The story shocked her, and stayed with her through the years. So when she was looking for an idea for a novel, it seemed a natural place to start.
“My initial idea was to write about the tragedy; and to explore what happened to the perpetrator afterwards,” she says. “But when I started writing, I realised the story belonged to Ruth, an 11-year-old, and to her family. It became about them, and about the events that led up to the tragedy.”
The Story of Before is a mesmerising psychological coming of age novel with loads of unexpected twists. It focuses on a family who move up in the world — from a small Dublin house to leafy Hillcourt Rise. It shows their interactions with the neighbours as they struggle to become part of the community. We see events through the eyes of Ruth, and she’s great at conveying the stultifying atmosphere of a small housing estate in seventies Ireland.
“I had to ‘be’ Ruth. Every time I opened my laptop, I could only use the words an 11-year-old would use. That came naturally after a time. I’d read through what I’d written the day before and switch automatically into her voice.
“I knew what the tragedy was going to be, but I had no idea how it would happen, or who the perpetrator would be. So as I was writing, I was dying to get to the end of the book to find out. I hope, that way, the reader will be as perplexed as I was.”
Brought up in Lucan, Susan has always loved reading, and writing; at twelve, she won a competition for writing a book review, but her first career was in art.
She studied visual communications at the National College of Art and Design in Dublin, and then ran art galleries with her husband. And then, in the early 90s, when the first two of her four children were small, the duo transferred the business home.
“We were dealing in art; buying and selling. We’d go to auctions to buy for clients, and we were agents for a couple of artists too. I worked two days a week, and I wrote some art books too. But by 2006 we had a feeling that the good times in art were not going to last.
“My husband had always wanted to do law. So he went to college in the evenings and got his degree. He went on to the King’s Inns and now he’s a barrister.”
As for Susan, she applied to University College Dublin, to take an MA in Creative writing.
“I’d tried fiction in the past,” she says. “I’d started a couple of novels when the children were small. I sent some chapters out, and an agent said he was interested, but when I sent him more, he said it wasn’t going the way he’d thought it would. I lost confidence. But we’d recently republished my art books, and they’d sold really well.
“I’d also written a biography of the Belfast artist Gladys McCabe, who we represented. We’d become friends over the years and we’d raised her profile by doing a Retrospective with her in 1998. She gave me letters and scraps, and she recorded tapes for me too. I really enjoyed writing that, because it was someone’s story. It was like a bridge between fact critique and fiction. And when I’d finished it I just wanted to keep writing.”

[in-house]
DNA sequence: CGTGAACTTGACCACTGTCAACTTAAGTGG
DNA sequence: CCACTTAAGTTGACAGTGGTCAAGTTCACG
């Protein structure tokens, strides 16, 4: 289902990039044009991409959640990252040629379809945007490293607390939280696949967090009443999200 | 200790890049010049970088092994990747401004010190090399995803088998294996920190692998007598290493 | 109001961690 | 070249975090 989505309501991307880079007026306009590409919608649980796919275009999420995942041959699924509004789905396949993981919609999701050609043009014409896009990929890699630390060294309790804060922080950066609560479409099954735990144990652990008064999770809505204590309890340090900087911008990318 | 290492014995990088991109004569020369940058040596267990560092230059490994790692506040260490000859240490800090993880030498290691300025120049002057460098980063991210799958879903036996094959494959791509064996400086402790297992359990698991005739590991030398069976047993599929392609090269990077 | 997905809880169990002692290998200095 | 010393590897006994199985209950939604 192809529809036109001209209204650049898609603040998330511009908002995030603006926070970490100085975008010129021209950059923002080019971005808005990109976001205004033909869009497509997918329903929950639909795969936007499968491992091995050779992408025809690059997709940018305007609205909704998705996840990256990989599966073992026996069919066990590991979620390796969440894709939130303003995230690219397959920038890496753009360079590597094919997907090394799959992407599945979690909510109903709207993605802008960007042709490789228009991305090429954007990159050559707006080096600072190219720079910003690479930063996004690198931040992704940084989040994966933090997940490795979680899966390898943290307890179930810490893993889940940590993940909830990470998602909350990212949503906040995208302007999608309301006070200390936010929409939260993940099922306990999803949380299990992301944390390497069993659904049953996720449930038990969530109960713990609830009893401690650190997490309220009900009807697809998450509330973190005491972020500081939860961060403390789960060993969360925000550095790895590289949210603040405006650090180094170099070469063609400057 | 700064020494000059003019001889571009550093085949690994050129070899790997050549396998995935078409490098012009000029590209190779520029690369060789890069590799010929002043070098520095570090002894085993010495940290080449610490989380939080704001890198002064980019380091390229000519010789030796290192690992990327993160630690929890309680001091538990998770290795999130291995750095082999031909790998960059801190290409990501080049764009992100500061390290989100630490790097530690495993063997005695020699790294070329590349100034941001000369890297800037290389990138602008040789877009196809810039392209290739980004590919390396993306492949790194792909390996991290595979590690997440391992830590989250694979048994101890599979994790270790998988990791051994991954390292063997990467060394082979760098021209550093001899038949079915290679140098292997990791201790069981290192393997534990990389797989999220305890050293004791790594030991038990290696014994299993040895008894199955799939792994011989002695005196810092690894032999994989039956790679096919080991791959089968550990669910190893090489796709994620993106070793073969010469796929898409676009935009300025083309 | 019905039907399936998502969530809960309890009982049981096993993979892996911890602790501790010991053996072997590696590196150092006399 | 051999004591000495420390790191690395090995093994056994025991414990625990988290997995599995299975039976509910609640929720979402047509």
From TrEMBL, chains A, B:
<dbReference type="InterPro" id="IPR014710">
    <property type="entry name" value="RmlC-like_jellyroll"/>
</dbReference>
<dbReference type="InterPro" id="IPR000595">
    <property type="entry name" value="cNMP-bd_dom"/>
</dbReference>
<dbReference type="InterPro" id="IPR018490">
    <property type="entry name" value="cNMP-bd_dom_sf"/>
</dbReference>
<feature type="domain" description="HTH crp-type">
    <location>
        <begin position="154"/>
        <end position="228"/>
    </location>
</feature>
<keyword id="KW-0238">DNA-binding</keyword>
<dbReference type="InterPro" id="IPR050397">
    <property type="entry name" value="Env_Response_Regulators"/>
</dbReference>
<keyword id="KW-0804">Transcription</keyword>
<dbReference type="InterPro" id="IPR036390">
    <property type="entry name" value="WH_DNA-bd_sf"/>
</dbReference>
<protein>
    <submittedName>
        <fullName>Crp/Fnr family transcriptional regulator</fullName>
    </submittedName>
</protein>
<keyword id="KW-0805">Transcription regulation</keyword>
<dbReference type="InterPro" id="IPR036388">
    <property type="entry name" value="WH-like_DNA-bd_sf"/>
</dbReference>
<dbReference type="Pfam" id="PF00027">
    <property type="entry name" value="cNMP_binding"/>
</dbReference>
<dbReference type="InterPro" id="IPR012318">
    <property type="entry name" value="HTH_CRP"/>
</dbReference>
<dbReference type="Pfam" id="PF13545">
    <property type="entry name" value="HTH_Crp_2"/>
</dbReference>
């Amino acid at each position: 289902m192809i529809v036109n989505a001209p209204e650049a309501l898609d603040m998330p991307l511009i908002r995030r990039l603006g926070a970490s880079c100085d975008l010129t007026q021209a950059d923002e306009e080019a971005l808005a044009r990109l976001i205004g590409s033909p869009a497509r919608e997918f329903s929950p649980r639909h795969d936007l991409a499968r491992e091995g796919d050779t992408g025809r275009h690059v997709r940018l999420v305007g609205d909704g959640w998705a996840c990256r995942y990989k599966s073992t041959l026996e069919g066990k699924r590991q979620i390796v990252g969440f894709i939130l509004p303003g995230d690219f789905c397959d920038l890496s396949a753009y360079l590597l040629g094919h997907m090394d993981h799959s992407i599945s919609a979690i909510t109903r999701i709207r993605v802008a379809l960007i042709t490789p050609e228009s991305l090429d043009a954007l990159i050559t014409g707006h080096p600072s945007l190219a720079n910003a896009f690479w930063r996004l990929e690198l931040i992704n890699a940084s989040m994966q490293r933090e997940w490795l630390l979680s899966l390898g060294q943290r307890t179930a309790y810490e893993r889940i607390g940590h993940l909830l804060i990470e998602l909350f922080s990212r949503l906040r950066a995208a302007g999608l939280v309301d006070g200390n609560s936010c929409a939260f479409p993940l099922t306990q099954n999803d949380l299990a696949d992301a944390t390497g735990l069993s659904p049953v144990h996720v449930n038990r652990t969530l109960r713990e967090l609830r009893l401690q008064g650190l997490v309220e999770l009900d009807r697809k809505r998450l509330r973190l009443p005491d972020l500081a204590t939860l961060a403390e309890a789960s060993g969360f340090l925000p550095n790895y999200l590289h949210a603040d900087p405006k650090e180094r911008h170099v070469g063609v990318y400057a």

She was surprised, and thrilled, when she was accepted onto the UCD programme.
“And it was really helpful,” she says. “It was wonderful to spend this year with like minded people, and to be able to devote all that time to writing and reading. Eilís Ní Dhuibhne and James Ryan taught us, and both were brilliant. Eilís, as my tutor, was so instructive. I could not have been given such insightful ideas and pointers anywhere else.”
This was 2008. And it was where she started The Story of Before.
“Towards the end of the first semester we were asked to come up with a novel plan,” she says. “I did that, and wrote the first chapter of The Story of Before in Feb 2009. I used that for my dissertation, and handed in the first 15,000 words by August. Then I started writing in earnest, and I finished the book in October.”
Publication came easily. The agent Lucy Luck — who is also Kevin Barry’s agent — took her on in Feb 2012, and quickly secured a good deal. The second book, though, didn’t gel so easily.
“I wrote 15,000 words of a novel set in 1940s Belfast, but it wasn’t working,” she says. “There was a lot of research, and I’m not, really, a research person. So I threw that out, and I’ve started with a new idea. And that’s going better.”
In spite of the difficulties, Susan wants to continue being a full-time writer.
“I’m at my happiest when it’s just me and my laptop and nobody around me. I love the silence of being in a room on my own. I write every week day. I start early in the morning, but take time to rev up.
“Sometimes, when I’m not inspired, I’ll go for a walk, or start washing the floor, or hoovering the stairs. I’m at my most productive in the late afternoon. On a good day I’ll write 1,200 words. And I always edit as I go.”
What does Susan hope readers glean from her book? “I hope it makes a lasting impression. And I’d like people to say, ‘I wonder what happened to the family?’ I loved those characters, and I missed them when I’d finished the book. I’d love readers to feel the same; that the characters had become, almost, friends.”
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